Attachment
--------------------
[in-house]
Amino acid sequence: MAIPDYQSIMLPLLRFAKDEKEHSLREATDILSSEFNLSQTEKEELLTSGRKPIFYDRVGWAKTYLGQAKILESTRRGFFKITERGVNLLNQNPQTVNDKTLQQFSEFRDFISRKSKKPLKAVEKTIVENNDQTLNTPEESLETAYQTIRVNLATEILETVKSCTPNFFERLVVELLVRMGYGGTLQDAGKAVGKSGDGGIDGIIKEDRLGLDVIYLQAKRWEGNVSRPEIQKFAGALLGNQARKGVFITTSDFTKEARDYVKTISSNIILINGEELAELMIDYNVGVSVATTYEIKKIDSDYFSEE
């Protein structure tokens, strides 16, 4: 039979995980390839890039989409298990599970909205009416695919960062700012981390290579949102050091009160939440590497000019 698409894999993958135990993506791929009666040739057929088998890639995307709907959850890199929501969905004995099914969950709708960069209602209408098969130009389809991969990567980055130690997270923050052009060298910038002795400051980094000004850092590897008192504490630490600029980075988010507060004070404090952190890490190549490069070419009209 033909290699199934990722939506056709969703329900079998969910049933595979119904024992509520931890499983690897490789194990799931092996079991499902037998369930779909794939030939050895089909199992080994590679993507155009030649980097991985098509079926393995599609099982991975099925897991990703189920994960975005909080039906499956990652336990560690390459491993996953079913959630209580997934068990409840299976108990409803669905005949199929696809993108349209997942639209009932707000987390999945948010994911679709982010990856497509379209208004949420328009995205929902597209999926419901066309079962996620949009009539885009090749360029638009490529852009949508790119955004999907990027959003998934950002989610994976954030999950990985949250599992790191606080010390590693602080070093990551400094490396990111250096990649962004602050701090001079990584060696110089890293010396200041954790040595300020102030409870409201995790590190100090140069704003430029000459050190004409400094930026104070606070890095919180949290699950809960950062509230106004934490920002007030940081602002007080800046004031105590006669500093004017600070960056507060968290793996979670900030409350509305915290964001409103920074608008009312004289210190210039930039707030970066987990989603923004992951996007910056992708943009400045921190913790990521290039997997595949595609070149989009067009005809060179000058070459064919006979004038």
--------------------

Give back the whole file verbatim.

[in-house]
Amino acid sequence: MAIPDYQSIMLPLLRFAKDEKEHSLREATDILSSEFNLSQTEKEELLTSGRKPIFYDRVGWAKTYLGQAKILESTRRGFFKITERGVNLLNQNPQTVNDKTLQQFSEFRDFISRKSKKPLKAVEKTIVENNDQTLNTPEESLETAYQTIRVNLATEILETVKSCTPNFFERLVVELLVRMGYGGTLQDAGKAVGKSGDGGIDGIIKEDRLGLDVIYLQAKRWEGNVSRPEIQKFAGALLGNQARKGVFITTSDFTKEARDYVKTISSNIILINGEELAELMIDYNVGVSVATTYEIKKIDSDYFSEE
């Protein structure tokens, strides 16, 4: 039979995980390839890039989409298990599970909205009416695919960062700012981390290579949102050091009160939440590497000019 698409894999993958135990993506791929009666040739057929088998890639995307709907959850890199929501969905004995099914969950709708960069209602209408098969130009389809991969990567980055130690997270923050052009060298910038002795400051980094000004850092590897008192504490630490600029980075988010507060004070404090952190890490190549490069070419009209 033909290699199934990722939506056709969703329900079998969910049933595979119904024992509520931890499983690897490789194990799931092996079991499902037998369930779909794939030939050895089909199992080994590679993507155009030649980097991985098509079926393995599609099982991975099925897991990703189920994960975005909080039906499956990652336990560690390459491993996953079913959630209580997934068990409840299976108990409803669905005949199929696809993108349209997942639209009932707000987390999945948010994911679709982010990856497509379209208004949420328009995205929902597209999926419901066309079962996620949009009539885009090749360029638009490529852009949508790119955004999907990027959003998934950002989610994976954030999950990985949250599992790191606080010390590693602080070093990551400094490396990111250096990649962004602050701090001079990584060696110089890293010396200041954790040595300020102030409870409201995790590190100090140069704003430029000459050190004409400094930026104070606070890095919180949290699950809960950062509230106004934490920002007030940081602002007080800046004031105590006669500093004017600070960056507060968290793996979670900030409350509305915290964001409103920074608008009312004289210190210039930039707030970066987990989603923004992951996007910056992708943009400045921190913790990521290039997997595949595609070149989009067009005809060179000058070459064919006979004038």